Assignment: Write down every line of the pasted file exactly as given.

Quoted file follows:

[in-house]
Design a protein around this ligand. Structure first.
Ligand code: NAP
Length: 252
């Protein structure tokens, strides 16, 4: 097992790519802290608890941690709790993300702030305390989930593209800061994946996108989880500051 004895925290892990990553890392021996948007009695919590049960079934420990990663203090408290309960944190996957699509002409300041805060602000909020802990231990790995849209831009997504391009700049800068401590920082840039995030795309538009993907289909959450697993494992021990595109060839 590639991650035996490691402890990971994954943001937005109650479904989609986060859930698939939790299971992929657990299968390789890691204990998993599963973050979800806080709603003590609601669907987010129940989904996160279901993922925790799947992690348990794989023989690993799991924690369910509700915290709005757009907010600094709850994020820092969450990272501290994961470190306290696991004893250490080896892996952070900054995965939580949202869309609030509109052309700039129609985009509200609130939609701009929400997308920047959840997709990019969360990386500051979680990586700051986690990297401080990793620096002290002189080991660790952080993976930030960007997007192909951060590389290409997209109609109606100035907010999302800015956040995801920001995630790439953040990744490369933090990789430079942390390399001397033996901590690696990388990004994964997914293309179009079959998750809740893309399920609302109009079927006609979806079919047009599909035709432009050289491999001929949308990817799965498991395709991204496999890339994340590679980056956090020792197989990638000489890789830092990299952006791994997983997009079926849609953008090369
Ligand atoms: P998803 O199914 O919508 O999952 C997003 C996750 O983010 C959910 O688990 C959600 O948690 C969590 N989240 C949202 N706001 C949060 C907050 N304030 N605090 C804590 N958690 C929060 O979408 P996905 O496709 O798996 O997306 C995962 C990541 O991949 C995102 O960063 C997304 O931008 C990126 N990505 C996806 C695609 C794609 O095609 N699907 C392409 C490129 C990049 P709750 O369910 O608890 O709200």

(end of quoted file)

[in-house]
Design a protein around this ligand. Structure first.
Ligand code: NAP
Length: 252
């Protein structure tokens, strides 16, 4: 097992790519802290608890941690709790993300702030305390989930593209800061994946996108989880500051 004895925290892990990553890392021996948007009695919590049960079934420990990663203090408290309960944190996957699509002409300041805060602000909020802990231990790995849209831009997504391009700049800068401590920082840039995030795309538009993907289909959450697993494992021990595109060839 590639991650035996490691402890990971994954943001937005109650479904989609986060859930698939939790299971992929657990299968390789890691204990998993599963973050979800806080709603003590609601669907987010129940989904996160279901993922925790799947992690348990794989023989690993799991924690369910509700915290709005757009907010600094709850994020820092969450990272501290994961470190306290696991004893250490080896892996952070900054995965939580949202869309609030509109052309700039129609985009509200609130939609701009929400997308920047959840997709990019969360990386500051979680990586700051986690990297401080990793620096002290002189080991660790952080993976930030960007997007192909951060590389290409997209109609109606100035907010999302800015956040995801920001995630790439953040990744490369933090990789430079942390390399001397033996901590690696990388990004994964997914293309179009079959998750809740893309399920609302109009079927006609979806079919047009599909035709432009050289491999001929949308990817799965498991395709991204496999890339994340590679980056956090020792197989990638000489890789830092990299952006791994997983997009079926849609953008090369
Ligand atoms: P998803 O199914 O919508 O999952 C997003 C996750 O983010 C959910 O688990 C959600 O948690 C969590 N989240 C949202 N706001 C949060 C907050 N304030 N605090 C804590 N958690 C929060 O979408 P996905 O496709 O798996 O997306 C995962 C990541 O991949 C995102 O960063 C997304 O931008 C990126 N990505 C996806 C695609 C794609 O095609 N699907 C392409 C490129 C990049 P709750 O369910 O608890 O709200």